How HTC can shake up Windows Phone

The Windows Phone device market is dominated by one manufacturer. Until recently we called that manufacturer Nokia, now it's known as Microsoft Devices. 

Windows Phone was never intended to be a single brand market: the 2010 launch of Windows Phone 7 saw many of the large manufacturers join the party, amongst them was HTC, offering numerous devices. But that variety quickly petered out, with Nokia later moving over to become more or less the only choice.

With rumours swirling of HTC's re-entry into the Windows Phone market - and leaked Verizon images fanning that fire - there's a lot that HTC can do to bring diversity to the Windows Phone. 

The current Windows Phone flagship is the (Nokia) Lumia 930. It's a powerful device, but a little on the chunky side. It matches many of the specs of flagship Android devices and offers a great experience.

The HTC One (M8) - one of the best Android phones - excels in design, with its premium metal body. The design has been widely lauded, and although Nokia is also loved for its design, introducing a full metal Windows Phone would set it apart from the brightly coloured and plastic bodies that dominate Nokia's range.

It's not just about the great feel of the construction material, it's also about how well the device fits into the hand. For a phone with a 5-inch display (and a great display too), the 2014 HTC One is one of the nicest phones to hold, down to the sculpting of the rear casing, distinctly different from the squared profile of the Lumia 930. There's the option of microSD card storage expansion too.

READ: HTC One (M8) review

Then there's BoomSound. You might not give much credence to the speakers on your phone, but once you've experienced BoomSound you'll value them. Speakerphone calls are richer, mobile videos are great, gaming audio is in an entirely different league.

When it comes to the camera, things get a little more interesting. The UltraPixel camera, including the latest Duo Camera arrangement, brings some clever features, but faces a seriously tough competitor from the PureView cameras on the top Lumia handsets.

Some have dismissed the Duo Camera as a bit of a gimmick. Where HTC has tried to sell this novelty to Android users, it may face the same battle with Windows Phone. This is likely to be a divisive point in any Windows Phone device that HTC launches, and could be the biggest barrier to adoption.

But those external elements are only part of the smartphone puzzle. Nokia's dominance of Windows Phone is due in many parts to way it plugged the gaps in Microsoft's software. Undoubtedly Nokia offered a better software solution than stock Windows Phone.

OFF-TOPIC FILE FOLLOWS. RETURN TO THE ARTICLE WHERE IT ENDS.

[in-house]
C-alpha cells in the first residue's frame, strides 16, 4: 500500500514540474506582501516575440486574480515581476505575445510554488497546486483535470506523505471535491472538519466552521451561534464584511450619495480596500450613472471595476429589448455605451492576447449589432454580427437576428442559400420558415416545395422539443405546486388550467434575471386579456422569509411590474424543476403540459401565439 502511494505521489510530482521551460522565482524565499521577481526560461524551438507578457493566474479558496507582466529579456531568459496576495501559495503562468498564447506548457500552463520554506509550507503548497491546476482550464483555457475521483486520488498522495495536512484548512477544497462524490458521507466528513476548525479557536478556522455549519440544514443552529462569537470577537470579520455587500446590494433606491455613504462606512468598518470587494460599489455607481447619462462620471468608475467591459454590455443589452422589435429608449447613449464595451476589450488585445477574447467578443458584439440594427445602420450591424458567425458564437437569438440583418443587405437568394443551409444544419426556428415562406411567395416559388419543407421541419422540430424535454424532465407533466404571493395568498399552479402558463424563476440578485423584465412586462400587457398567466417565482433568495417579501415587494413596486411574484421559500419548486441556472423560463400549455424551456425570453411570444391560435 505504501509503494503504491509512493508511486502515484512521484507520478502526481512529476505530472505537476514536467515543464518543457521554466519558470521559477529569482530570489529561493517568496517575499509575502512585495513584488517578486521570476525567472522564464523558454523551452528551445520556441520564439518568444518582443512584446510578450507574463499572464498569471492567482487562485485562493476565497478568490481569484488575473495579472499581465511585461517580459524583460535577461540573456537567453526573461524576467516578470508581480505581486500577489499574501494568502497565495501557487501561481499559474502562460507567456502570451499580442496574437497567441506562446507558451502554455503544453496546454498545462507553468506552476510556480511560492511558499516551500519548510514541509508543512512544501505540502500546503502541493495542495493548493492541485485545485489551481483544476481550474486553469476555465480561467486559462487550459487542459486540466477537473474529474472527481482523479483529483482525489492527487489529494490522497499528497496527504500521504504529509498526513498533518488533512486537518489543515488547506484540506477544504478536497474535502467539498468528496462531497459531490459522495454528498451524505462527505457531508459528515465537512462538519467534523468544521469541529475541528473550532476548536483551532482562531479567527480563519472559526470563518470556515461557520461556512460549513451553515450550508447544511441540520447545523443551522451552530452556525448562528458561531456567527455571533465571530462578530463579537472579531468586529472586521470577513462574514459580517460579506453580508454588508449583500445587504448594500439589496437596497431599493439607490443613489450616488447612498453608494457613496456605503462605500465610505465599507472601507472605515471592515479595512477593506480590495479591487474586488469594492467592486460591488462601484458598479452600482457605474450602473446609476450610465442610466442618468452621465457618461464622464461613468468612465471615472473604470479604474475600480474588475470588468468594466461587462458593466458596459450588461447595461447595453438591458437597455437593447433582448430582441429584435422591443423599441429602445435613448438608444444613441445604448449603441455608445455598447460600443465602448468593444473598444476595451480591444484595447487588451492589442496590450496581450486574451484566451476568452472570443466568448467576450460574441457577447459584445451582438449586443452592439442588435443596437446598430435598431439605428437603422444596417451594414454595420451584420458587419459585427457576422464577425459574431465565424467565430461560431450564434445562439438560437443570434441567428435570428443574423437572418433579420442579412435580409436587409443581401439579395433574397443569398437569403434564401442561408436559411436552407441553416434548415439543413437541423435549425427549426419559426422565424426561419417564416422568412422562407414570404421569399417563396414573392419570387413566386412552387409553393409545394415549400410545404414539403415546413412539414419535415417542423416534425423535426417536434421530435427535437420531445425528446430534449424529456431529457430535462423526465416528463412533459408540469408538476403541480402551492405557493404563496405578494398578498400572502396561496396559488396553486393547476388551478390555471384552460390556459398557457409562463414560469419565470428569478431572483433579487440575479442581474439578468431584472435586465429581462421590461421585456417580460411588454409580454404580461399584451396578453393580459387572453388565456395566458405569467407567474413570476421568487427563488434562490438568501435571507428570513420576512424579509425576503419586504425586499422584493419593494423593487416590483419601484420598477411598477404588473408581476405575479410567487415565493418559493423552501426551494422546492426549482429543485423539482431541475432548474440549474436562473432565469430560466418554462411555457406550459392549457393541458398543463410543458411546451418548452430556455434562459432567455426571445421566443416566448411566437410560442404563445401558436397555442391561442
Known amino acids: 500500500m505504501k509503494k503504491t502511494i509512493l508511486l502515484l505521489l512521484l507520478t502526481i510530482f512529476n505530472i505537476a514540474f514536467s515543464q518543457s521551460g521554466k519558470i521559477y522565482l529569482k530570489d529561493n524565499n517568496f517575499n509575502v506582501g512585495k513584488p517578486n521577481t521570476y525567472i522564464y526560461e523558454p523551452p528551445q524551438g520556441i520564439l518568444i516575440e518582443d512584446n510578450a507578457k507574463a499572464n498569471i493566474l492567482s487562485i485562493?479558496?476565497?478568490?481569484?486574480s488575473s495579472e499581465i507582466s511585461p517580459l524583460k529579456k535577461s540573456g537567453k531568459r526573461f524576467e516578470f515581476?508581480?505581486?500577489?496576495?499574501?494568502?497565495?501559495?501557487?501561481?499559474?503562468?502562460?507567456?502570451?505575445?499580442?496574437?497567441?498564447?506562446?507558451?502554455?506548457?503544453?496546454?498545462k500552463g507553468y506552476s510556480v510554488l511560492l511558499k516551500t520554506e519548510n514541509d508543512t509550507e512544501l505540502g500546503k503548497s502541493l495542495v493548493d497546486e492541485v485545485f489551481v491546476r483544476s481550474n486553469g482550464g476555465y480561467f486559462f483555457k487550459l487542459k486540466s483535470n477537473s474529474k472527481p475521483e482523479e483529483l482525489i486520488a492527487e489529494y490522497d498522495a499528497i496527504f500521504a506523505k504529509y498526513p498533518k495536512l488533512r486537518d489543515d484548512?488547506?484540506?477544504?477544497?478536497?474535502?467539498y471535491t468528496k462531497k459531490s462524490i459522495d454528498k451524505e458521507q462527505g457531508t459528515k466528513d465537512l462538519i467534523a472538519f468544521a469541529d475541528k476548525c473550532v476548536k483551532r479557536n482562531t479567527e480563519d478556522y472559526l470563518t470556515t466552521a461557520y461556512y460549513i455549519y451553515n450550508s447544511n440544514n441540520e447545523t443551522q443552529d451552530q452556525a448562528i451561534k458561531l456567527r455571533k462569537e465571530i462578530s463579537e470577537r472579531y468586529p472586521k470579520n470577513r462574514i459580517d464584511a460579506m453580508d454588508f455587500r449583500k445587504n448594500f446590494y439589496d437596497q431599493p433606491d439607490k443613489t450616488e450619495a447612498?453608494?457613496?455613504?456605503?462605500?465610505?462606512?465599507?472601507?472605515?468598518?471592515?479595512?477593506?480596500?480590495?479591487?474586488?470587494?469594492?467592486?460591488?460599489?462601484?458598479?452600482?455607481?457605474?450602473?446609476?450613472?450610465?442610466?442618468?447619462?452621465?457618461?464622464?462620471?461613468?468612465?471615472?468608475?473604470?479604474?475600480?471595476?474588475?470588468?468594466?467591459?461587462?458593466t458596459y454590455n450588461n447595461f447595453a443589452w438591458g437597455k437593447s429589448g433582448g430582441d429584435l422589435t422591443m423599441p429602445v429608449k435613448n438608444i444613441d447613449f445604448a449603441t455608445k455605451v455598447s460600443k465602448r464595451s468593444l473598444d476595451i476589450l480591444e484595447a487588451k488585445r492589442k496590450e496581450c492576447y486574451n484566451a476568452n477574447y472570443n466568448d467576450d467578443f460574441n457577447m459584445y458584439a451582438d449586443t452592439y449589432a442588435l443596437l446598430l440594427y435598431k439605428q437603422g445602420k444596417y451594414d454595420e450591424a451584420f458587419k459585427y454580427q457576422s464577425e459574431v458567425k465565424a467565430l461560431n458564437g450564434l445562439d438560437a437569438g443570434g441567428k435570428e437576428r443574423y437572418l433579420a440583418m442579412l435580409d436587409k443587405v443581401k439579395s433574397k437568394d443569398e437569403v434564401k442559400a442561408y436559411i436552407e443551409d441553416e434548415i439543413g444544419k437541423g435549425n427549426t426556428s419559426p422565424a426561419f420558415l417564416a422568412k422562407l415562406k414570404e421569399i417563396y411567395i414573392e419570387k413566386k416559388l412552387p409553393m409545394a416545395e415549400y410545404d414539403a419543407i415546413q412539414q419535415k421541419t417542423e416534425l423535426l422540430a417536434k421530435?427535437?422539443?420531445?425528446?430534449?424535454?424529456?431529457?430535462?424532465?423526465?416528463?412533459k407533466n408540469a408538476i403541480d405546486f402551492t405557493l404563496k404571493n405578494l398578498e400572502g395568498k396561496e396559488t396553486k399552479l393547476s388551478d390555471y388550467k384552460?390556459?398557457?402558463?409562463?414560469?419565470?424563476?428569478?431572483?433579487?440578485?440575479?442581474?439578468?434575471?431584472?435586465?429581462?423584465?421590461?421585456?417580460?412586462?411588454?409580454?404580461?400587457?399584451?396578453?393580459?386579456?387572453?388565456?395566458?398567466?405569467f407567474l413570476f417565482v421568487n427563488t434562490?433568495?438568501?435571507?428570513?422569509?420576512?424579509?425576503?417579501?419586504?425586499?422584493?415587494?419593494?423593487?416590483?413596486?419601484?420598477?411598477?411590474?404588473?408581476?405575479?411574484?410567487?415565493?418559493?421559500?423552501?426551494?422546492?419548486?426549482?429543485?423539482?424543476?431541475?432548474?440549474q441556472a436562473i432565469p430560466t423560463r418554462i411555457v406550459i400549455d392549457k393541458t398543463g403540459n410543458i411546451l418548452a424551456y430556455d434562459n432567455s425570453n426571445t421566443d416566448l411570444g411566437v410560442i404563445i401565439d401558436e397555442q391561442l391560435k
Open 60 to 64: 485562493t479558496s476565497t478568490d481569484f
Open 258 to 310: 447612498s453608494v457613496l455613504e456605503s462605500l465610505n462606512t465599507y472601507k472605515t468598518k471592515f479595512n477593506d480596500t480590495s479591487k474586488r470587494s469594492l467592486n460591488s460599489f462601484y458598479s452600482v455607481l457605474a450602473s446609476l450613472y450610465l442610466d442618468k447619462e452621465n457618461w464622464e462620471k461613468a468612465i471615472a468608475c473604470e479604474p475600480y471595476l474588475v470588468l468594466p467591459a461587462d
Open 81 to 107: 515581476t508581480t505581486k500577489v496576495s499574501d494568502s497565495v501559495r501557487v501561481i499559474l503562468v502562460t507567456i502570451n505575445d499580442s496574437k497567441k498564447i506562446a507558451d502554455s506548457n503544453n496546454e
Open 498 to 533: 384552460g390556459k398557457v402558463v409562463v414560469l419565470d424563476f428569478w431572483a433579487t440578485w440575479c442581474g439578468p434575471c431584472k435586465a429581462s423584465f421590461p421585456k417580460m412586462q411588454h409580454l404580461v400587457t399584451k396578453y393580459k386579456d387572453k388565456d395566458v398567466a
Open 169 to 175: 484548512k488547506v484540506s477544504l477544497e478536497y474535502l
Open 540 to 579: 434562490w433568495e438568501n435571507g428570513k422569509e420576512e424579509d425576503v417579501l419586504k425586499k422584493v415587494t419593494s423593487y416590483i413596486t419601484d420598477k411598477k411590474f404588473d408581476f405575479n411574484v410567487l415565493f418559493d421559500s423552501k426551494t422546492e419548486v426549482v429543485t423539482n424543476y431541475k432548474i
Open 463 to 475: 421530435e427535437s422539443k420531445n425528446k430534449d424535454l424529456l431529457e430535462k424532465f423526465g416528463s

Windows Phone 8.1, however, takes Microsoft's mobile OS further forward than before and those Nokia enhancements are now under the same roof. The extent of any division between a Nokiasoft and a stock Windows Phone experience remains to be seen (to a certain extent), however many of the nice features and apps would appear on any WP device, like Cortana.

HTC has done a fair amount to enhance the software experience of its own devices too. Sense 6.0 offers one of the fastest Android experiences around. That's what we're looking for in Windows Phone and that's what we'd expect HTC to bring, the speedy operation.

BlinkFeed is one of the headlines of Sense, integrating content from lots of sources into one place. This would have to be done as an app, but could be a great social aggregator above what Windows Phone already offers.

One of the included elements on the Android HTC One M8 is Fitbit integration, using the onboard sensors that work in a low power state. The Lumia SensorCore offers the same functionality (on the 630 and 930), but this is also the same tech used by HTC's funky Dot View case, as well as HTC's Motion Launch Gestures, which again, could bring diversity.

The new Zoe app (currently beta on Android) sees HTC breaking out one of the nice features of Sense and making it available across all Android devices. It lets you edit photos and video clips to create funky highlight videos, and goes hand-in-hand with Zoe.com, which HTC will use for wider sharing of this content. It's a play to bringing HTC software to a wider community.

This could also come to Windows Phone and form part of the software suite to rival some of the imaging highlights of Nokia devices. We'd also expect HTC to continue to offer IR support through the TV app, giving you control over your home entertainment system through your phone.

If there's a phone design we want to see in Windows Phone garb, it's the HTC One. However, there's one other element that HTC needs to consider, and that's price. The Lumia 930 (SIM free) is currently available for £100 less than the HTC One (M8). Is that a premium that customers will pay? We think much of that will come down to software additions and that camera performance.

We'd love to see HTC come back to Windows Phone offering a premium handset design, bringing much needed variety. It's the design we're really excited about, but HTC will face the same challenge as it does in Android with the Duo Camera.